The Organization of American States (OAS) chief José Miguel Insulza, said that the violence in some Latin American countries with high homicide rates can be compared to an “epidemic.”
During an open class that Insulza gave at the American Institute of Human Rights in San José de Costa Rica, the official said that among the ten countries with the highest homicide rates, “more than half” are in Latin America and that if homicide rates in some cities in the region would use the standards of the World Health Organization (WHO), they would definitely rank as an epidemic.
“There are a large number of Latin American cities in which violence has turned into an epidemic that we have to face for once and for all”, and added, “the region is suffering of a crime wave that has never seen before.”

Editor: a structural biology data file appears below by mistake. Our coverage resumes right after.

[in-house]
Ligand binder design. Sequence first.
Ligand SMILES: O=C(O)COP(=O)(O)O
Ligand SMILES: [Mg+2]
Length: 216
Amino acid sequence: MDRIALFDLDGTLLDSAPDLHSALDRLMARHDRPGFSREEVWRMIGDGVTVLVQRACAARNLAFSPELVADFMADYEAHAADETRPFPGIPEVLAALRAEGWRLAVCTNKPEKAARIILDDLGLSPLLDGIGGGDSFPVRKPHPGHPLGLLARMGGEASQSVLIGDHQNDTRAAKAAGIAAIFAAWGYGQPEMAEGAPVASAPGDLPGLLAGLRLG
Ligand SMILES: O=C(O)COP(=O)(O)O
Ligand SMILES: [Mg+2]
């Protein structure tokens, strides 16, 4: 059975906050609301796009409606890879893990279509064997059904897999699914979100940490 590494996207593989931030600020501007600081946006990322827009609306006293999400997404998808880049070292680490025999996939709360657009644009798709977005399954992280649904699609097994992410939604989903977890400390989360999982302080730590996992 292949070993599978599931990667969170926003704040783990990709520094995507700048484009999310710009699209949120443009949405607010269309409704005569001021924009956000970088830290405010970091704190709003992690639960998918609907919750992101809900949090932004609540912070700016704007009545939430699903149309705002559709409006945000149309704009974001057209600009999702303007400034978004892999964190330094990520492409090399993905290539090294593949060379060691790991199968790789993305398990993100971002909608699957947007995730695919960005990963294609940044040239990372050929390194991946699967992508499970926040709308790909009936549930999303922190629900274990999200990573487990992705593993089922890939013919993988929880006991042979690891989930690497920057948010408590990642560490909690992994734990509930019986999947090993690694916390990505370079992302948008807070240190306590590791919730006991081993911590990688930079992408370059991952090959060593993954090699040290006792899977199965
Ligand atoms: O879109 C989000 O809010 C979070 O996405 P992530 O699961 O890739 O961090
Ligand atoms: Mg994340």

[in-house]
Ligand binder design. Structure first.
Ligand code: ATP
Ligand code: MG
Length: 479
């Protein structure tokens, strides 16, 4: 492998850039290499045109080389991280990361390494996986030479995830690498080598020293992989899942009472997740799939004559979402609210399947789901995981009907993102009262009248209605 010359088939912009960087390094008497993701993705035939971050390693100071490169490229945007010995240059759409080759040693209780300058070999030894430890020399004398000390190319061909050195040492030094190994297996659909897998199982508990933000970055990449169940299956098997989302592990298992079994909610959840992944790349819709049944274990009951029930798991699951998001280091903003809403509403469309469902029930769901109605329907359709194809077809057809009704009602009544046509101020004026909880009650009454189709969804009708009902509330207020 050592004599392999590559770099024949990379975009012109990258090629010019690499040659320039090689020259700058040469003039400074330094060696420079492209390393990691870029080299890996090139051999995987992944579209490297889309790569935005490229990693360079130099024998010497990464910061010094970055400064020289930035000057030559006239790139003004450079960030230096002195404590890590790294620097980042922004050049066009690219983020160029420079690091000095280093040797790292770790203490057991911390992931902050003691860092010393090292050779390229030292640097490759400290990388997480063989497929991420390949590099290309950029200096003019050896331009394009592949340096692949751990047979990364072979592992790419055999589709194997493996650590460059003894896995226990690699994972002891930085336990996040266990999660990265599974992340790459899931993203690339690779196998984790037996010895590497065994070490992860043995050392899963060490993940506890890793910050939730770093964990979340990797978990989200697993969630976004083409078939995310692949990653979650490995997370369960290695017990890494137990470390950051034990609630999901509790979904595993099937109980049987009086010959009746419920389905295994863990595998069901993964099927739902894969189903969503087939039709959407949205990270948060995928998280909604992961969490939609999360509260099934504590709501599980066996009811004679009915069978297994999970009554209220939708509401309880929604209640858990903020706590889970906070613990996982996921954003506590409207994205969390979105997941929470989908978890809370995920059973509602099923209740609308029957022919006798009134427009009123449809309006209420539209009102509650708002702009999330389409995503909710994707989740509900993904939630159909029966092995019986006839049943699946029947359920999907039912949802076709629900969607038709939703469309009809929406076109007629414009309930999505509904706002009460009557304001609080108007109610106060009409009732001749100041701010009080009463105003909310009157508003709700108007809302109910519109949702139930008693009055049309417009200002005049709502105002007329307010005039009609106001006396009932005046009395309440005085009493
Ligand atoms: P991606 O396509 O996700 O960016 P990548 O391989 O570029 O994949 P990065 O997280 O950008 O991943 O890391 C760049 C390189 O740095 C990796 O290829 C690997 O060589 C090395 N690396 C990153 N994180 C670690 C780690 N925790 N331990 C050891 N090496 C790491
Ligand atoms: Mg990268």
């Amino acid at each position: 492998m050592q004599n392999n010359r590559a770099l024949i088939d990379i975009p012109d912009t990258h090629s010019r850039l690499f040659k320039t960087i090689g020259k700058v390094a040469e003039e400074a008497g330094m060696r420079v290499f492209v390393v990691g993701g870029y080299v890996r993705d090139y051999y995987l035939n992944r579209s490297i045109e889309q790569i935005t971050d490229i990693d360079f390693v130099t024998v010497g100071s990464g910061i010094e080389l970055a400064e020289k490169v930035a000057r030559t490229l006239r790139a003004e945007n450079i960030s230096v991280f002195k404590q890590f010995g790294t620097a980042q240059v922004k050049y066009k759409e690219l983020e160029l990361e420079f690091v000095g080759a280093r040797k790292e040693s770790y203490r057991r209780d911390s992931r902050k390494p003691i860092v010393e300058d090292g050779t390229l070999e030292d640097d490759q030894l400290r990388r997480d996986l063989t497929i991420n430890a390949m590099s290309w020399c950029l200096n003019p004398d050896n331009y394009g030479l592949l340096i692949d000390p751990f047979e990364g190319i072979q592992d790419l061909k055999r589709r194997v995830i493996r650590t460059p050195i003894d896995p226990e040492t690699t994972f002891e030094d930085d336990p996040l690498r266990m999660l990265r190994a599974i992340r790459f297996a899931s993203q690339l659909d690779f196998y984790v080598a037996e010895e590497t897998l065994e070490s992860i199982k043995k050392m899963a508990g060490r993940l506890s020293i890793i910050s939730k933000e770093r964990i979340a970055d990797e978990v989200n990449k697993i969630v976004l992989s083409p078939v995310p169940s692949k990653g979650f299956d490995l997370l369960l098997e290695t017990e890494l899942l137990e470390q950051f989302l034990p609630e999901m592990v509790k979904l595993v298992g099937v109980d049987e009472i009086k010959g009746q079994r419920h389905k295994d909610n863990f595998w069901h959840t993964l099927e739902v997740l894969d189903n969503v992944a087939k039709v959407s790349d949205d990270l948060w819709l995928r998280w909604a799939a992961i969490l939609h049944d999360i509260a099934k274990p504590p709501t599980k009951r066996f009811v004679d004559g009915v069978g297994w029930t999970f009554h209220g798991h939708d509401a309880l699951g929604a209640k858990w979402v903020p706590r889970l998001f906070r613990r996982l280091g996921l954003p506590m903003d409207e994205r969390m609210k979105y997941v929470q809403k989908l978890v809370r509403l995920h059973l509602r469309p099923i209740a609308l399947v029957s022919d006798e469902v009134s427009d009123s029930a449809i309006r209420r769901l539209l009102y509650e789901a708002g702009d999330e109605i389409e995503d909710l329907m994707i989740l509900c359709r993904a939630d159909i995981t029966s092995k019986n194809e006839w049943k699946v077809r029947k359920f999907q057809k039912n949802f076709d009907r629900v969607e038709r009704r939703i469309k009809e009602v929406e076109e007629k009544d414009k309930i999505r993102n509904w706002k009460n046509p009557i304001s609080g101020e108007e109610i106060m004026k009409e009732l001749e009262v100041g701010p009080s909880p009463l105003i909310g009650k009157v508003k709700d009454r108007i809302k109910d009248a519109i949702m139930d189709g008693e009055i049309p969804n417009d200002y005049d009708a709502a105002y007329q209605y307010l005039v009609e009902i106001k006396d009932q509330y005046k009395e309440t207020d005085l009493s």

Insulza also explained that the WHO declares an “epidemic state” in a country where a disease causes more than 100 deaths per million inhabitants, and remarked that “there are at least nine cities in the region (did not say which ones) whose homicide rates are way above the WHO standards.”
The OAS chief also said that while Latin America has not suffered any long wars since the 1932-35 Chaco war between Bolivia and Paraguay, the numbers of murders committed per year in some countries exceed those of some armed conflicts.
Although Insulza avoided mentioning countries or cities, he said that while there has been a “partial improvement of the Human Rights situation in Honduras after the end of de facto regime that ruled after the coup of 2009, the country’s rate of 59 homicides per 100,000 inhabitants calls into question the progress.
“It’s difficult to know the origin of so many deaths in Honduras. Violence always threatens the safety and health of the population, and corrupts our Latin American democracy.”